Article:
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Support Document for all Test Instruments

Woah  Click on the studious fellow at left for full PDF version with photographs
           "Text Only" below

                                                      Additional Information That may be
                                                    Relevant and Helpful to the Advanced
                                                                Sharpener and Edge Tester
The following is intended to serve two purposes - but just for those who are interested. First we will have a discussion that will, hopefully, help users understand and interpret the data they receive from their instrumentation and secondly, answer a common question that we receive "how does this work?".  Our short answer to that question is "how could it not work?" but we'll detail the basis for that short answer in the form of a question later in this document. First let's talk about edges and interpreting data derived from individual edges.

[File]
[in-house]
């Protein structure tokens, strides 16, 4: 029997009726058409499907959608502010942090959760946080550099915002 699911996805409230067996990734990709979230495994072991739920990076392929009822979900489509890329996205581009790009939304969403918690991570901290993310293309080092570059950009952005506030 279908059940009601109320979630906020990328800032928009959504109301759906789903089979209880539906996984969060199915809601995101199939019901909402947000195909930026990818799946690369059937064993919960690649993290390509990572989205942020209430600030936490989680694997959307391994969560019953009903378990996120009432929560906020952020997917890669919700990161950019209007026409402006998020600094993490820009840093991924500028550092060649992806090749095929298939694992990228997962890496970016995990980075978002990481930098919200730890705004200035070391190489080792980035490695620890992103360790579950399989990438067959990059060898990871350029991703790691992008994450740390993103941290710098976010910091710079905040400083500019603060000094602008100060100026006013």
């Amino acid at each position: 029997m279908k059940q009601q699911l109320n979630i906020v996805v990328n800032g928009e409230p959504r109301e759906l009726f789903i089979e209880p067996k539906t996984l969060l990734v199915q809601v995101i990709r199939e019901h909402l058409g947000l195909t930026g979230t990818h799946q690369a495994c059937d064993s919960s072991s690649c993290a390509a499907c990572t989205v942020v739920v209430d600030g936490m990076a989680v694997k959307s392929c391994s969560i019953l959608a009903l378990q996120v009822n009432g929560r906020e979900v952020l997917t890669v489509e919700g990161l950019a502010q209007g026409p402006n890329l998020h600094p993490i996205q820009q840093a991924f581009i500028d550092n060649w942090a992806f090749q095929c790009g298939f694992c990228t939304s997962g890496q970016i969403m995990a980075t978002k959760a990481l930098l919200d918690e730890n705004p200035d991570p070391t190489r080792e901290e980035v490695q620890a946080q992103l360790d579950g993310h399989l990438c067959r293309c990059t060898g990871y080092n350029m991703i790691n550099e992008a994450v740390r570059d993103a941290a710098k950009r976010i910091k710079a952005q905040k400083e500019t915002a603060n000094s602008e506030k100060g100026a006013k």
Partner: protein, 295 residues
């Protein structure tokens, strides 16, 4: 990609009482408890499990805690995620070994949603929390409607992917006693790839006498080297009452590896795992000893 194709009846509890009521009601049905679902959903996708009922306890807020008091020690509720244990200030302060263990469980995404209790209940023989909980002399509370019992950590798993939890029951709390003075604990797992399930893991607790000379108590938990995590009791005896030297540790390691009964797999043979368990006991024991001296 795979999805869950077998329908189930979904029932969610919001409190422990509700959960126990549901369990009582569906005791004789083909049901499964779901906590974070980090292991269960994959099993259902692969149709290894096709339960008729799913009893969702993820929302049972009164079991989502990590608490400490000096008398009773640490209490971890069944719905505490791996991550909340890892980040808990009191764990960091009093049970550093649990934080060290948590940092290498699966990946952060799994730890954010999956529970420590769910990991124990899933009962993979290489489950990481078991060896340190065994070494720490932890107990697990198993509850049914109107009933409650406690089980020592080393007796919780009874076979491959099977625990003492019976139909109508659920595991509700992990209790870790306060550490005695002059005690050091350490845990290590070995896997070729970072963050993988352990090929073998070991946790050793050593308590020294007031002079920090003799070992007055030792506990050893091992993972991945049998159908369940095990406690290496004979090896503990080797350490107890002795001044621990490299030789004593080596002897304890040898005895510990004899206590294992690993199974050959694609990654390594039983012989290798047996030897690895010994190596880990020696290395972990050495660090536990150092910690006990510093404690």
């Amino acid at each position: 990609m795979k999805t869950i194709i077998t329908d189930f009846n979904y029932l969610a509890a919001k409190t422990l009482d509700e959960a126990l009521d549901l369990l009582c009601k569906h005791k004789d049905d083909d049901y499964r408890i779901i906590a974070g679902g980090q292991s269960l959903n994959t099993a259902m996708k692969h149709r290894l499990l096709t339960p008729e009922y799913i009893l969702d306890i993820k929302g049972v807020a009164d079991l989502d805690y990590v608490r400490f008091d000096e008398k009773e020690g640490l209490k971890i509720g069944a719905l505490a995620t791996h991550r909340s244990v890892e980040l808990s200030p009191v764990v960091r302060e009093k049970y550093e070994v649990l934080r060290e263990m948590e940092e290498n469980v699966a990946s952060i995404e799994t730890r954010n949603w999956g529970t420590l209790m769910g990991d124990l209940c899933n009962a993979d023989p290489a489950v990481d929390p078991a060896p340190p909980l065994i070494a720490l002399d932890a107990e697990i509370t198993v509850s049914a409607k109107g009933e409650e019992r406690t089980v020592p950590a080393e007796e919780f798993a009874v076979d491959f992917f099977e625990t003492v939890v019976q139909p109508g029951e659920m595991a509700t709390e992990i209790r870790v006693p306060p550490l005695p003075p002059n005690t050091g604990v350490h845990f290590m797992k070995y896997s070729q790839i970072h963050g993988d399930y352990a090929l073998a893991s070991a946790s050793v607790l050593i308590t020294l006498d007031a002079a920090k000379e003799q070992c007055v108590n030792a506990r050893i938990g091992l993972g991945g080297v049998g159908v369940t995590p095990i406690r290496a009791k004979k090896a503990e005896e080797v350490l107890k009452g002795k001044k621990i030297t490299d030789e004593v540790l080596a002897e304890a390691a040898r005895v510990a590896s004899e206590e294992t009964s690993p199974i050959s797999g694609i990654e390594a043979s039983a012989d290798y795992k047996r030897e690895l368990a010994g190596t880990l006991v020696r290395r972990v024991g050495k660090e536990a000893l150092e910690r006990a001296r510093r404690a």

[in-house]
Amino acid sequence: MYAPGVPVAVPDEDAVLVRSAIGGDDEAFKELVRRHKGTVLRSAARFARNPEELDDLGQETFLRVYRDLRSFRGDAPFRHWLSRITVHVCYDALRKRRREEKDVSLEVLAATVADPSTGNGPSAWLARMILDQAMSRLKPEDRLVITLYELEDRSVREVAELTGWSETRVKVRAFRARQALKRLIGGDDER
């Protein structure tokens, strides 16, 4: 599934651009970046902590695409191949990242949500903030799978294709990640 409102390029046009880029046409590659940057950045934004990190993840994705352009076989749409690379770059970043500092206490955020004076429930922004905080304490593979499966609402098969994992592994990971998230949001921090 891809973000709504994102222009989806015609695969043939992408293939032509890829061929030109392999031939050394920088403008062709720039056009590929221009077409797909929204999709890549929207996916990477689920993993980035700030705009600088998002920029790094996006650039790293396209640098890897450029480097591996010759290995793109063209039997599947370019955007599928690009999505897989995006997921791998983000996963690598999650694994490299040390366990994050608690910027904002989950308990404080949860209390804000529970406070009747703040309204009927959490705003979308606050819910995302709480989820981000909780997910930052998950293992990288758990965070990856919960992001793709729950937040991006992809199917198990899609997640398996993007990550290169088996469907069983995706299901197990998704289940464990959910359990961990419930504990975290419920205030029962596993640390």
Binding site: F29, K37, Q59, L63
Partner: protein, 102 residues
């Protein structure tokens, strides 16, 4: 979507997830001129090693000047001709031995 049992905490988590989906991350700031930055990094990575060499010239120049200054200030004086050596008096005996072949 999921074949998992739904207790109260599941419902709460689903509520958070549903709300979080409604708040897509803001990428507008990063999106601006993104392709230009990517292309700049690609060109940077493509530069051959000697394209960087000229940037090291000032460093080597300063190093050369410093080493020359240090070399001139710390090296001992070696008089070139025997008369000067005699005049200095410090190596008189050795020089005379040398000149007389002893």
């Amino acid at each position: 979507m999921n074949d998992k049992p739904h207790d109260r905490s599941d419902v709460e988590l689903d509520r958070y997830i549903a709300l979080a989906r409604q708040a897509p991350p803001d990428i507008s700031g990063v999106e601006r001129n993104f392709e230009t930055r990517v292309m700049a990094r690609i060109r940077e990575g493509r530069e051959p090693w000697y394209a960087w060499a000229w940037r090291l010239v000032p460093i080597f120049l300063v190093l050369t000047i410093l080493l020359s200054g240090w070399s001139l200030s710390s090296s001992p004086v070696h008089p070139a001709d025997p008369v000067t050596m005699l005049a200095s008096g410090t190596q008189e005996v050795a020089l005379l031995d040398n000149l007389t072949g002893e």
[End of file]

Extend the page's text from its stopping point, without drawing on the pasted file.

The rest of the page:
Measuring sharpened edges is not like measuring the speed of light in a vacuum. It's more like asking "What is the air temperature inside your home?". It may be 65ºF in the back bedroom and 77ºF in the family room so the question is difficult to answer with great accuracy even though the instrument we are using to measure those room temperatures, a thermometer, may be extremely accurate.  The same is true of measuring the sharpness level of edges. We will be using an extremely precise system to measure a relatively imprecise edge.